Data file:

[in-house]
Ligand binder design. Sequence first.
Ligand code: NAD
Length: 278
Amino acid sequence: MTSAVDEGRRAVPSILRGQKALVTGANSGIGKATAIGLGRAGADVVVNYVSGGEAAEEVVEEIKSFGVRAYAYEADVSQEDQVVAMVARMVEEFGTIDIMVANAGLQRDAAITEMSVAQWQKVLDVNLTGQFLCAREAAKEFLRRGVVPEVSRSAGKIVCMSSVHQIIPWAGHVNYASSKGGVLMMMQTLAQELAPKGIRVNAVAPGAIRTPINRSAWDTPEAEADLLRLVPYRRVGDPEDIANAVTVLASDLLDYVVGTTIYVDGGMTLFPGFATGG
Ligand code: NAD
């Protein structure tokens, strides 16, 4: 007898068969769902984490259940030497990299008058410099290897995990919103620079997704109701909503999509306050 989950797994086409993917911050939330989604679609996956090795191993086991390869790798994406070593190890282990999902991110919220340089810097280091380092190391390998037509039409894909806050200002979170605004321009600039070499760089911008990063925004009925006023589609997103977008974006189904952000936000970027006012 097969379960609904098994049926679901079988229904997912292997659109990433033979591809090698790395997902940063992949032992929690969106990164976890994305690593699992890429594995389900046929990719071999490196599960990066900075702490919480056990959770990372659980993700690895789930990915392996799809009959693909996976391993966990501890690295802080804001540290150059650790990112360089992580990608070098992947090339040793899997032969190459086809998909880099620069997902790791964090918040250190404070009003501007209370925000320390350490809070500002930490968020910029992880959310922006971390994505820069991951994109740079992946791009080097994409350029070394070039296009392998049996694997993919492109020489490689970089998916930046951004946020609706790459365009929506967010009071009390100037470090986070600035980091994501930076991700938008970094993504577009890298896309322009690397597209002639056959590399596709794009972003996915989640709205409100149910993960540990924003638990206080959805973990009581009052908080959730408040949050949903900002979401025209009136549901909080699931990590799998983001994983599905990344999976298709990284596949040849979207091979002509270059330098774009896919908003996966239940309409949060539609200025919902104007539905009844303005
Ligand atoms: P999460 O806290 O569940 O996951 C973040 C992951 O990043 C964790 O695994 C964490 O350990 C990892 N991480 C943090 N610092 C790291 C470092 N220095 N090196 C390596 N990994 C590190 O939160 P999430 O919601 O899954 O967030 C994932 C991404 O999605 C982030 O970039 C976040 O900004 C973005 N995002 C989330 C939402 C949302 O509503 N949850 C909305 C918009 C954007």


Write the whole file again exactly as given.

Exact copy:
[in-house]
Ligand binder design. Sequence first.
Ligand code: NAD
Length: 278
Amino acid sequence: MTSAVDEGRRAVPSILRGQKALVTGANSGIGKATAIGLGRAGADVVVNYVSGGEAAEEVVEEIKSFGVRAYAYEADVSQEDQVVAMVARMVEEFGTIDIMVANAGLQRDAAITEMSVAQWQKVLDVNLTGQFLCAREAAKEFLRRGVVPEVSRSAGKIVCMSSVHQIIPWAGHVNYASSKGGVLMMMQTLAQELAPKGIRVNAVAPGAIRTPINRSAWDTPEAEADLLRLVPYRRVGDPEDIANAVTVLASDLLDYVVGTTIYVDGGMTLFPGFATGG
Ligand code: NAD
């Protein structure tokens, strides 16, 4: 007898068969769902984490259940030497990299008058410099290897995990919103620079997704109701909503999509306050 989950797994086409993917911050939330989604679609996956090795191993086991390869790798994406070593190890282990999902991110919220340089810097280091380092190391390998037509039409894909806050200002979170605004321009600039070499760089911008990063925004009925006023589609997103977008974006189904952000936000970027006012 097969379960609904098994049926679901079988229904997912292997659109990433033979591809090698790395997902940063992949032992929690969106990164976890994305690593699992890429594995389900046929990719071999490196599960990066900075702490919480056990959770990372659980993700690895789930990915392996799809009959693909996976391993966990501890690295802080804001540290150059650790990112360089992580990608070098992947090339040793899997032969190459086809998909880099620069997902790791964090918040250190404070009003501007209370925000320390350490809070500002930490968020910029992880959310922006971390994505820069991951994109740079992946791009080097994409350029070394070039296009392998049996694997993919492109020489490689970089998916930046951004946020609706790459365009929506967010009071009390100037470090986070600035980091994501930076991700938008970094993504577009890298896309322009690397597209002639056959590399596709794009972003996915989640709205409100149910993960540990924003638990206080959805973990009581009052908080959730408040949050949903900002979401025209009136549901909080699931990590799998983001994983599905990344999976298709990284596949040849979207091979002509270059330098774009896919908003996966239940309409949060539609200025919902104007539905009844303005
Ligand atoms: P999460 O806290 O569940 O996951 C973040 C992951 O990043 C964790 O695994 C964490 O350990 C990892 N991480 C943090 N610092 C790291 C470092 N220095 N090196 C390596 N990994 C590190 O939160 P999430 O919601 O899954 O967030 C994932 C991404 O999605 C982030 O970039 C976040 O900004 C973005 N995002 C989330 C939402 C949302 O509503 N949850 C909305 C918009 C954007």